Wild Geese: freedom vs. enslavement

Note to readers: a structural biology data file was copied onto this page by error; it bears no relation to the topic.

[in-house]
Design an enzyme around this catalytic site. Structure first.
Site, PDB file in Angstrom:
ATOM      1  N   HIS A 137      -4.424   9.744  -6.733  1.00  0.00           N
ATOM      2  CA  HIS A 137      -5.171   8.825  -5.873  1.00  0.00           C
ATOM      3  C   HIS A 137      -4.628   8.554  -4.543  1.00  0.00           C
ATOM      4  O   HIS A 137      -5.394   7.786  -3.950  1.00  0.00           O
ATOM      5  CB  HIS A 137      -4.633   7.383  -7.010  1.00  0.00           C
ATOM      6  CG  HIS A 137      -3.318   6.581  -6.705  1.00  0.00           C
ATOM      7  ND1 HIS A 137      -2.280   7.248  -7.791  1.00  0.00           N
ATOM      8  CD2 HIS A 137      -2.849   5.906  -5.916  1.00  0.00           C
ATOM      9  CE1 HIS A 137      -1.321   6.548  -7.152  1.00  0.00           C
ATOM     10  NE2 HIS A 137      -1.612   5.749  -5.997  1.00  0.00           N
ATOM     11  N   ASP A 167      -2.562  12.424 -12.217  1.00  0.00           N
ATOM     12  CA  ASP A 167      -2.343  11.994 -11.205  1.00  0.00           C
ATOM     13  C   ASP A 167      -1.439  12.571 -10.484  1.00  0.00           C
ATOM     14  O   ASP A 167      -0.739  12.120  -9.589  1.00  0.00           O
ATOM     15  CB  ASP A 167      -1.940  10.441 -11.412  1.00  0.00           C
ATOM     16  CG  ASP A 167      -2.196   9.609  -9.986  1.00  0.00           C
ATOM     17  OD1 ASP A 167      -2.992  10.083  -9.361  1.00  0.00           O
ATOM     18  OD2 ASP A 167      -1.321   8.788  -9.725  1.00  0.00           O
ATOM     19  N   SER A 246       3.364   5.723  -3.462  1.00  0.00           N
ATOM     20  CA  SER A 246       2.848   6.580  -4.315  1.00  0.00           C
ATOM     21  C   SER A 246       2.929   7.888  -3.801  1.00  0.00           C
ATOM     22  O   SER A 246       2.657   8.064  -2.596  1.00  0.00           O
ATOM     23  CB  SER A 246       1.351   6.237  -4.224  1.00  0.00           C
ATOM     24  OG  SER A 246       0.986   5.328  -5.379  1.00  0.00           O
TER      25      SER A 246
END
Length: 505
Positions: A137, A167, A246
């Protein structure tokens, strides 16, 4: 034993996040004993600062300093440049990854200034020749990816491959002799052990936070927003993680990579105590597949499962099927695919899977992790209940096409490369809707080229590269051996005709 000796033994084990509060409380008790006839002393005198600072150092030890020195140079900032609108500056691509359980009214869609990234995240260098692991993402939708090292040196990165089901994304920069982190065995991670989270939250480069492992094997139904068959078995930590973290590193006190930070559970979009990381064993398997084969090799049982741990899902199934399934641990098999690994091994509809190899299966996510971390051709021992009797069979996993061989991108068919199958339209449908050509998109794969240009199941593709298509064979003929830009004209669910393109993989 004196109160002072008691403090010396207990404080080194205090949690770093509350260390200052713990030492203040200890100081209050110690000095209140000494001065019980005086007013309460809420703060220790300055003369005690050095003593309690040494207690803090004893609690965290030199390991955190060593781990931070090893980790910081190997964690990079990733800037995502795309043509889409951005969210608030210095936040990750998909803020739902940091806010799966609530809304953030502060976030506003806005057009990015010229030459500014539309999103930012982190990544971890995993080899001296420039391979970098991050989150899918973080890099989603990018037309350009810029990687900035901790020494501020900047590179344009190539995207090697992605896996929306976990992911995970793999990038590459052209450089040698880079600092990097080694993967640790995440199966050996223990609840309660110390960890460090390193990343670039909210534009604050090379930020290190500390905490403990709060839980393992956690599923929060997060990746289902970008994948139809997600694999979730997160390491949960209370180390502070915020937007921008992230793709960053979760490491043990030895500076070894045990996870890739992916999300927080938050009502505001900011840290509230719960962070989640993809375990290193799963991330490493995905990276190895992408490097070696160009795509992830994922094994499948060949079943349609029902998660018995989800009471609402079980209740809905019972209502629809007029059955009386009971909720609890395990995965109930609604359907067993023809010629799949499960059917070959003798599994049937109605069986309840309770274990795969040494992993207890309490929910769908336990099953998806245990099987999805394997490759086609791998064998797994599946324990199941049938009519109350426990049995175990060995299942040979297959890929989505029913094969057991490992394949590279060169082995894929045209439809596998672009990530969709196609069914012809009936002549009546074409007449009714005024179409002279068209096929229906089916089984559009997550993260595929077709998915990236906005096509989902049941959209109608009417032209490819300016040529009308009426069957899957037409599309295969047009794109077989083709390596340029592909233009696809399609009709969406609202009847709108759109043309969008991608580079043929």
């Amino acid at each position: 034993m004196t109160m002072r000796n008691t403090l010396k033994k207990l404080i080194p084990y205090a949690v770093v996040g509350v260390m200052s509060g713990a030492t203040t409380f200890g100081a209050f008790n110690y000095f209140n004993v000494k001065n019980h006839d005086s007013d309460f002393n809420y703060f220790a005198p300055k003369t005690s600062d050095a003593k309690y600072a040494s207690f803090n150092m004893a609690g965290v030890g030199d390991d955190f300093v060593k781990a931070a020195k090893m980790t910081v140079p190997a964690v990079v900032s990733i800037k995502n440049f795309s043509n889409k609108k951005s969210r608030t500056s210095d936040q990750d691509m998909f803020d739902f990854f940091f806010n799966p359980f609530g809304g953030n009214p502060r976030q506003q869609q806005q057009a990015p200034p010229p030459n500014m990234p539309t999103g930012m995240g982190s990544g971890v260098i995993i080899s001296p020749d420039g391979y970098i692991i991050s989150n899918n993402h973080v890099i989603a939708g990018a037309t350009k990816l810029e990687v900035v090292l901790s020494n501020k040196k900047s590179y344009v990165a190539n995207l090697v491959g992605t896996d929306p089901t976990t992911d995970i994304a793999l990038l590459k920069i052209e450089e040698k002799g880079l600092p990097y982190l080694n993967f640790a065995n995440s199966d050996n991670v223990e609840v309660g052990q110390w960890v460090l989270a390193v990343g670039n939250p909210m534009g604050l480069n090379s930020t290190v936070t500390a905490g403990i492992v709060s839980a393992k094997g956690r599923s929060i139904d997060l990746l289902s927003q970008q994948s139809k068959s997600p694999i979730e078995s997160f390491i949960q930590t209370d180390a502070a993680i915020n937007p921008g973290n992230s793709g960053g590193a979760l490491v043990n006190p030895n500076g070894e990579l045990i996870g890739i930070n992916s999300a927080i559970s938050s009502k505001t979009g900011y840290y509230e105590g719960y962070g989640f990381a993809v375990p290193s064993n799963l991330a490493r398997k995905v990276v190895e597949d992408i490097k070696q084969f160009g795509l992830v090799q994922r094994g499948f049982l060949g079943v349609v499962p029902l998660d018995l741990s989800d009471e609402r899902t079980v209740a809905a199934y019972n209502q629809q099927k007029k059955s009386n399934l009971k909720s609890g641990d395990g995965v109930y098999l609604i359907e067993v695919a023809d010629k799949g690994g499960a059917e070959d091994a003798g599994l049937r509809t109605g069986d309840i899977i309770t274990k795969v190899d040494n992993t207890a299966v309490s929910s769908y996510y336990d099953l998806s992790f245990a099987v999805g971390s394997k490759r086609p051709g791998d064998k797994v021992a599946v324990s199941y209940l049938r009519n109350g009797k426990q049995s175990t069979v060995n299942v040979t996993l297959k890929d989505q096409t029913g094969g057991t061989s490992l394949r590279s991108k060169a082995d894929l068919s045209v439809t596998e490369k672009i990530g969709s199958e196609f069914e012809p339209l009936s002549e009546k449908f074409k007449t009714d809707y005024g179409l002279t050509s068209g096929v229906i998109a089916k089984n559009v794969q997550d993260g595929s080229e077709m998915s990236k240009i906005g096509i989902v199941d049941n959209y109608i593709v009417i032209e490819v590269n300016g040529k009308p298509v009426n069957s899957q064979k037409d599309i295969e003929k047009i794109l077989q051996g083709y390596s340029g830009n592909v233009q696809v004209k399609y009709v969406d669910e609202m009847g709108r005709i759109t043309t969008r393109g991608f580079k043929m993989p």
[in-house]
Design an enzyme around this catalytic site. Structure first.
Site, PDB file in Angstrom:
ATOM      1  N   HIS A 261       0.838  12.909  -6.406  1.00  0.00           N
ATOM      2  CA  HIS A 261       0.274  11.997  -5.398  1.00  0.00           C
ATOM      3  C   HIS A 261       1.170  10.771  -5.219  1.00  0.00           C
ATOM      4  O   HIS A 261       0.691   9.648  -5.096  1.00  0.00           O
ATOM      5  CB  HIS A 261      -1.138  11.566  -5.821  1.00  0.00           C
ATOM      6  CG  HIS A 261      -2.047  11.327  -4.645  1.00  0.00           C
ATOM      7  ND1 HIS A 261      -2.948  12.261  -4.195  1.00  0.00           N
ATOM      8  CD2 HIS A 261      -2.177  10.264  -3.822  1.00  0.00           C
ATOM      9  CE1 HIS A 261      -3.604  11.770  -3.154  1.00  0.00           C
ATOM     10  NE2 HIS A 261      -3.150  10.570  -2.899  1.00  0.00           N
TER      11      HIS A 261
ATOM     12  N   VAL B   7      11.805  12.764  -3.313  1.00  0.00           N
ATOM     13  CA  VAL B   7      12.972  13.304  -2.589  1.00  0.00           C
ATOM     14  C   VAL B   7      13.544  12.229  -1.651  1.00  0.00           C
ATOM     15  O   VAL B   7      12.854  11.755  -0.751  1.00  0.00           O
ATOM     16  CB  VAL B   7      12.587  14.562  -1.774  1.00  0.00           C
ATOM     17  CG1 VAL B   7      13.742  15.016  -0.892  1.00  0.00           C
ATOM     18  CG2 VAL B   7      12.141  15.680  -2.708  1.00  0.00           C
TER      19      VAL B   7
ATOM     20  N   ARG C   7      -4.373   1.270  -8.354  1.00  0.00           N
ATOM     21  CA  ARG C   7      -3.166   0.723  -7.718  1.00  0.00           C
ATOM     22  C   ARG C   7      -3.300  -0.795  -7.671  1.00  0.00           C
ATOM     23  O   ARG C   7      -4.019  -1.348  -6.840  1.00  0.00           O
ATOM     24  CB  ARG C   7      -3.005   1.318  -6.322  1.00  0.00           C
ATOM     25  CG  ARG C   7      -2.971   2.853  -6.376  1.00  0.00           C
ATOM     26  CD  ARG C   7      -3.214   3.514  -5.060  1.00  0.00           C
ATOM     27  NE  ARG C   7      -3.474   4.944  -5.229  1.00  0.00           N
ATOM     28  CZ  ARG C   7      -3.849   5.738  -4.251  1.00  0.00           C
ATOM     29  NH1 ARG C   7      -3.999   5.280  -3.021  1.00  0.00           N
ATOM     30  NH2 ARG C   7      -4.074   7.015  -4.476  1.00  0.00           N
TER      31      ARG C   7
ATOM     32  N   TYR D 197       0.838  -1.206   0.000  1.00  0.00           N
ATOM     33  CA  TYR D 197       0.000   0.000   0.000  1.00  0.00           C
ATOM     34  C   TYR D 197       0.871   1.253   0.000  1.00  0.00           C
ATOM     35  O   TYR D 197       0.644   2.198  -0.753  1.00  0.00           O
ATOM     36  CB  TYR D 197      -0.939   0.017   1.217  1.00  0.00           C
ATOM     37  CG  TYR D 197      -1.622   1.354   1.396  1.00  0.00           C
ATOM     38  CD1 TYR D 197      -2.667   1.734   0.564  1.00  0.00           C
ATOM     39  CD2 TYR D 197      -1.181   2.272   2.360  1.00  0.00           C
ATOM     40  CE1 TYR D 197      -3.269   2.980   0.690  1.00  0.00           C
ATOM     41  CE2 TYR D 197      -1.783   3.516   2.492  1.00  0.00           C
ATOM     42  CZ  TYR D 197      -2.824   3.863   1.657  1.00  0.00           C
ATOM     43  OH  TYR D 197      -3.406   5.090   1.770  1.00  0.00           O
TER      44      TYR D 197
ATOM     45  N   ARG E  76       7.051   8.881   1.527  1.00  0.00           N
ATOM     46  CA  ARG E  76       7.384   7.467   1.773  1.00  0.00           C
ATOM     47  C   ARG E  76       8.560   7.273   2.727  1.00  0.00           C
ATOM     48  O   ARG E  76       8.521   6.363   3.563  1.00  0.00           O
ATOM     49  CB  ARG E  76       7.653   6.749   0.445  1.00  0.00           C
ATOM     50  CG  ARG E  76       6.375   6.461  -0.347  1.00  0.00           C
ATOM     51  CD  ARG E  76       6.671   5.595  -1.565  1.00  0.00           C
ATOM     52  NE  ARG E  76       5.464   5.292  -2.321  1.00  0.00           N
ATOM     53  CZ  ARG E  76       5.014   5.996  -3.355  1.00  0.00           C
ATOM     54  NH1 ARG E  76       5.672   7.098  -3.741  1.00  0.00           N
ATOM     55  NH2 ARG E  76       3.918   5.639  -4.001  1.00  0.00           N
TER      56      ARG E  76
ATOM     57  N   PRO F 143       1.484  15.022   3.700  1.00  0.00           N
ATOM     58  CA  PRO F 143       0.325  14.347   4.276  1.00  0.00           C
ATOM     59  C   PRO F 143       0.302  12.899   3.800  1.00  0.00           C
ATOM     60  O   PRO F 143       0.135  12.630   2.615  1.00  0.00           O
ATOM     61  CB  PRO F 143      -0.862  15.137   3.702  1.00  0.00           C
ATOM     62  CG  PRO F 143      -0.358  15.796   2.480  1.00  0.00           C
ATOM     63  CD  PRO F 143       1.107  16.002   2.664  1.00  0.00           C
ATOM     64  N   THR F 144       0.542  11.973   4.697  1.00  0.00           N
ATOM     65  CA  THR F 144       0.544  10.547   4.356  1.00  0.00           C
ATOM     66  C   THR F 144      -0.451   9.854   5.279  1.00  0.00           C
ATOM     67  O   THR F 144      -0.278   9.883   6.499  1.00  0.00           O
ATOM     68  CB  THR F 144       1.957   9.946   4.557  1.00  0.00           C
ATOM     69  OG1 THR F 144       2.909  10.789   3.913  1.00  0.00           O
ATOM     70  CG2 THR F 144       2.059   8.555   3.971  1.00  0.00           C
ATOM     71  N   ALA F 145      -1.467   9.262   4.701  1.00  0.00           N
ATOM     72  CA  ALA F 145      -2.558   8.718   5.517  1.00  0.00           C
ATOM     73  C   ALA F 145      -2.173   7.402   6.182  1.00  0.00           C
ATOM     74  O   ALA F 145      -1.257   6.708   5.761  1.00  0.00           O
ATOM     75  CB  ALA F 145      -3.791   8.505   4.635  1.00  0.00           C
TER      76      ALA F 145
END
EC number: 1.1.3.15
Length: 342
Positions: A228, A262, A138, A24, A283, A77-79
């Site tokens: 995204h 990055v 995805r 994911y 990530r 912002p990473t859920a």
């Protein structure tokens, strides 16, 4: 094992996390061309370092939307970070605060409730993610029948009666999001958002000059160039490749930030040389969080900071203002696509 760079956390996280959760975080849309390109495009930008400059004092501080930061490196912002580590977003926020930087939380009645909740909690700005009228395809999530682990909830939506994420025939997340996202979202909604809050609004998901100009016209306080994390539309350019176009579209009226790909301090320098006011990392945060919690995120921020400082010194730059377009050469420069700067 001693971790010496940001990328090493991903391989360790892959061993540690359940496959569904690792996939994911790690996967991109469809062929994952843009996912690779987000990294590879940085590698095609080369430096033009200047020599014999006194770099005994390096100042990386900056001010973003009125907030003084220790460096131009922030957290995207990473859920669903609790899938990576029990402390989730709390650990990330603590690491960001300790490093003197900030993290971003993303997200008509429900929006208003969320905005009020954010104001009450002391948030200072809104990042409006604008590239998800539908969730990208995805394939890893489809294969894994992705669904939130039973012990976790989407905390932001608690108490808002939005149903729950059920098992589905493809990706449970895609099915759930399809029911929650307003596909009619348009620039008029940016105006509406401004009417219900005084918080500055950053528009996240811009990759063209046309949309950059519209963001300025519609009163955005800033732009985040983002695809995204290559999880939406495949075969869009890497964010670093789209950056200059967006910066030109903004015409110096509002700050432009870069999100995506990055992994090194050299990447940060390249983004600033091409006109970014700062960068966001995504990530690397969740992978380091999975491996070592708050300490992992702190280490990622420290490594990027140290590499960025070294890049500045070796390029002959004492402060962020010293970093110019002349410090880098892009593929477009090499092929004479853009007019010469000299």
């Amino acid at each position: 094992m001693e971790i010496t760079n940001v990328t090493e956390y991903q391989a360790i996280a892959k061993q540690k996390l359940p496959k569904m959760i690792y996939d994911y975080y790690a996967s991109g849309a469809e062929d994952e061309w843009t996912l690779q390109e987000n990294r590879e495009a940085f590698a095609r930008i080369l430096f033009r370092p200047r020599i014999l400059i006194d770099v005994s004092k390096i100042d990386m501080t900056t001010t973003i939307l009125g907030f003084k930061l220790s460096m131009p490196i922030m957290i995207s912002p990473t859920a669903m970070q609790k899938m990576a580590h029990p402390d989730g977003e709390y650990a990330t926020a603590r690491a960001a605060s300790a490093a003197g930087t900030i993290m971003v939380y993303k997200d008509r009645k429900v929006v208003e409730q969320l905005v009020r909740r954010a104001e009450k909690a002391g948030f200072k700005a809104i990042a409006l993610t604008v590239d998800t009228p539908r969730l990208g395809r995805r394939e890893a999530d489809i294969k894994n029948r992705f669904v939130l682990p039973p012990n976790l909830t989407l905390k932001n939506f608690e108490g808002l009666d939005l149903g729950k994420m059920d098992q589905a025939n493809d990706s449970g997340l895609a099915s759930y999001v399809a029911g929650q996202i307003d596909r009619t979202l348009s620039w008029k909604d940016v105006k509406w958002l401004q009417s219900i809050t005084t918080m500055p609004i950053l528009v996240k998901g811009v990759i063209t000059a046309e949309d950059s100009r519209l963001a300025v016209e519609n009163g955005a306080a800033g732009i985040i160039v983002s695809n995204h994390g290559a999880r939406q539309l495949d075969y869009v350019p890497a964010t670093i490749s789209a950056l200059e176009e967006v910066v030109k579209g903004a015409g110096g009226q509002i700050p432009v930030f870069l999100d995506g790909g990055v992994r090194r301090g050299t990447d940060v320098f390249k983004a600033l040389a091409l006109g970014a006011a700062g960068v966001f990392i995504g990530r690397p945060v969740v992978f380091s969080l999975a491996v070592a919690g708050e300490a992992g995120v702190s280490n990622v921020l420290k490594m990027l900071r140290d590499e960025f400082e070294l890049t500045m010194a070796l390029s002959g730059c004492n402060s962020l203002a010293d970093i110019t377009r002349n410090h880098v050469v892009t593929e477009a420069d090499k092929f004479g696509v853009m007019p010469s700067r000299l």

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The struggle between freedom and restriction is thoroughly explored in Martha Ostenso’s work Wild Geese. The constant battle between desire and duty plays a paramount role in the renowned novel. Although this theme manifests many aspects of the work, it is the contrast between Lind Archer and Judith Gare that truly represents the tension between freedom and bondage. Judith and Lind, although similar in some regards, are fundamentally opposite in many aspects of their being. Physically, Judith and Lind represent two poles of a spectrum. Throughout the novel Lind is described as soft, delicate and feminine. Her nature exudes a grace and beauty that fits well into the stereotypical view of what a proper ‘lady’ should be. Her appearance can be attributed to her freedom. Lind’s delicate beauty and graceful nature stem from the fact that she is not forced to do physically demanding work. It is because of this exemption from labour that Lind is able to take the time and care to use fragranced oil, soft soap and delicate clothing. Lind’s beauty is foreign to the Gare’s and she is often admired within the household: “Amelia glanced at her quickly and saw how pretty she was in a blue silk gown that seemed to make her hair even more lustrous and her skin more delicate” (Ostenso, 39). Judith offers a sharp contrast to Lind’s dainty nature. Judith possesses a powerful, wild and strong character that has been hardened through years of strenuous work. Her physical appearance is introduced in the opening chapter, “she had a great, defiant body, her chest high and broad as a boy’s” (Ostenso, 8). Judith’s raw power and physical strength illustrate her enslavement to both the land and her father. The powerful difference between Judith and Lind’s physical appearance expresses the central theme of freedom versus bondage. The use of love throughout the novel is another way in which

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